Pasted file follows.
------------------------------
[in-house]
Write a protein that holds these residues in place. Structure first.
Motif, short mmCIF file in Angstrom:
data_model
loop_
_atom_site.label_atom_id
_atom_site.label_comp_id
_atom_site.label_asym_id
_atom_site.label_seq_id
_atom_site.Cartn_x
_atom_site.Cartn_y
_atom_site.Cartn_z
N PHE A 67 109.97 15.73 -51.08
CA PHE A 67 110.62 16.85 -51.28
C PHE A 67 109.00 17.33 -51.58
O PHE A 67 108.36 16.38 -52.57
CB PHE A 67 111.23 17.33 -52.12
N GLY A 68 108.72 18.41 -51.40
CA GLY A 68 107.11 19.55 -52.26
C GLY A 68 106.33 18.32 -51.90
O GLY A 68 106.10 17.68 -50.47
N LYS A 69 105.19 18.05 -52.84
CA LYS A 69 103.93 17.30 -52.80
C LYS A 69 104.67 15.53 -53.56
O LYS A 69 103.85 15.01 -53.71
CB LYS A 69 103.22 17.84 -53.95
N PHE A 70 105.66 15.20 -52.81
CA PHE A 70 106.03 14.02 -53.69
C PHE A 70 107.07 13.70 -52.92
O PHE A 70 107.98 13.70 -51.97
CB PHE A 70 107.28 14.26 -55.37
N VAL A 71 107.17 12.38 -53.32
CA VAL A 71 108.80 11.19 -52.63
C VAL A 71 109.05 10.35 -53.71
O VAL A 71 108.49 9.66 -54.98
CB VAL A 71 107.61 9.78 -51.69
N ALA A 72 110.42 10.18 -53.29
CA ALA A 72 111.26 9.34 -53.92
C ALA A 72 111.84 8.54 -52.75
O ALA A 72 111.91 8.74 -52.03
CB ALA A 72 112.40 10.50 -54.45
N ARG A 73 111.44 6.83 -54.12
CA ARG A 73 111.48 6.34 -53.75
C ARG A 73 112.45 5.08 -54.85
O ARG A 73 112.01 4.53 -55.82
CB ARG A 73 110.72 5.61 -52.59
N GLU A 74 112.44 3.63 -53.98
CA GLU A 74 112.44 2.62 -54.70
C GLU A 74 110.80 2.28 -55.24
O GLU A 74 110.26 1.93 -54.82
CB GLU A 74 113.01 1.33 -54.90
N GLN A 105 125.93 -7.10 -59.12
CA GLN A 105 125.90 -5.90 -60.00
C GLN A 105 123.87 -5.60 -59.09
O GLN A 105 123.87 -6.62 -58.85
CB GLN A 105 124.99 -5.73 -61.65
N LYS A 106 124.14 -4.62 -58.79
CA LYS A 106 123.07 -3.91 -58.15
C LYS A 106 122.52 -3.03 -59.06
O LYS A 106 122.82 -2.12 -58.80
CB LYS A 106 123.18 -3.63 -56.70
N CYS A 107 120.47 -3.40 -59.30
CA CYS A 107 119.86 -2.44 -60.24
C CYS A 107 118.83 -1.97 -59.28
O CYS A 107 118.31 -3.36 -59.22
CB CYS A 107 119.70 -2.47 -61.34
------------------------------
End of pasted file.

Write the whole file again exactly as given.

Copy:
[in-house]
Write a protein that holds these residues in place. Structure first.
Motif, short mmCIF file in Angstrom:
data_model
loop_
_atom_site.label_atom_id
_atom_site.label_comp_id
_atom_site.label_asym_id
_atom_site.label_seq_id
_atom_site.Cartn_x
_atom_site.Cartn_y
_atom_site.Cartn_z
N PHE A 67 109.97 15.73 -51.08
CA PHE A 67 110.62 16.85 -51.28
C PHE A 67 109.00 17.33 -51.58
O PHE A 67 108.36 16.38 -52.57
CB PHE A 67 111.23 17.33 -52.12
N GLY A 68 108.72 18.41 -51.40
CA GLY A 68 107.11 19.55 -52.26
C GLY A 68 106.33 18.32 -51.90
O GLY A 68 106.10 17.68 -50.47
N LYS A 69 105.19 18.05 -52.84
CA LYS A 69 103.93 17.30 -52.80
C LYS A 69 104.67 15.53 -53.56
O LYS A 69 103.85 15.01 -53.71
CB LYS A 69 103.22 17.84 -53.95
N PHE A 70 105.66 15.20 -52.81
CA PHE A 70 106.03 14.02 -53.69
C PHE A 70 107.07 13.70 -52.92
O PHE A 70 107.98 13.70 -51.97
CB PHE A 70 107.28 14.26 -55.37
N VAL A 71 107.17 12.38 -53.32
CA VAL A 71 108.80 11.19 -52.63
C VAL A 71 109.05 10.35 -53.71
O VAL A 71 108.49 9.66 -54.98
CB VAL A 71 107.61 9.78 -51.69
N ALA A 72 110.42 10.18 -53.29
CA ALA A 72 111.26 9.34 -53.92
C ALA A 72 111.84 8.54 -52.75
O ALA A 72 111.91 8.74 -52.03
CB ALA A 72 112.40 10.50 -54.45
N ARG A 73 111.44 6.83 -54.12
CA ARG A 73 111.48 6.34 -53.75
C ARG A 73 112.45 5.08 -54.85
O ARG A 73 112.01 4.53 -55.82
CB ARG A 73 110.72 5.61 -52.59
N GLU A 74 112.44 3.63 -53.98
CA GLU A 74 112.44 2.62 -54.70
C GLU A 74 110.80 2.28 -55.24
O GLU A 74 110.26 1.93 -54.82
CB GLU A 74 113.01 1.33 -54.90
N GLN A 105 125.93 -7.10 -59.12
CA GLN A 105 125.90 -5.90 -60.00
C GLN A 105 123.87 -5.60 -59.09
O GLN A 105 123.87 -6.62 -58.85
CB GLN A 105 124.99 -5.73 -61.65
N LYS A 106 124.14 -4.62 -58.79
CA LYS A 106 123.07 -3.91 -58.15
C LYS A 106 122.52 -3.03 -59.06
O LYS A 106 122.82 -2.12 -58.80
CB LYS A 106 123.18 -3.63 -56.70
N CYS A 107 120.47 -3.40 -59.30
CA CYS A 107 119.86 -2.44 -60.24
C CYS A 107 118.83 -1.97 -59.28
O CYS A 107 118.31 -3.36 -59.22
CB CYS A 107 119.70 -2.47 -61.34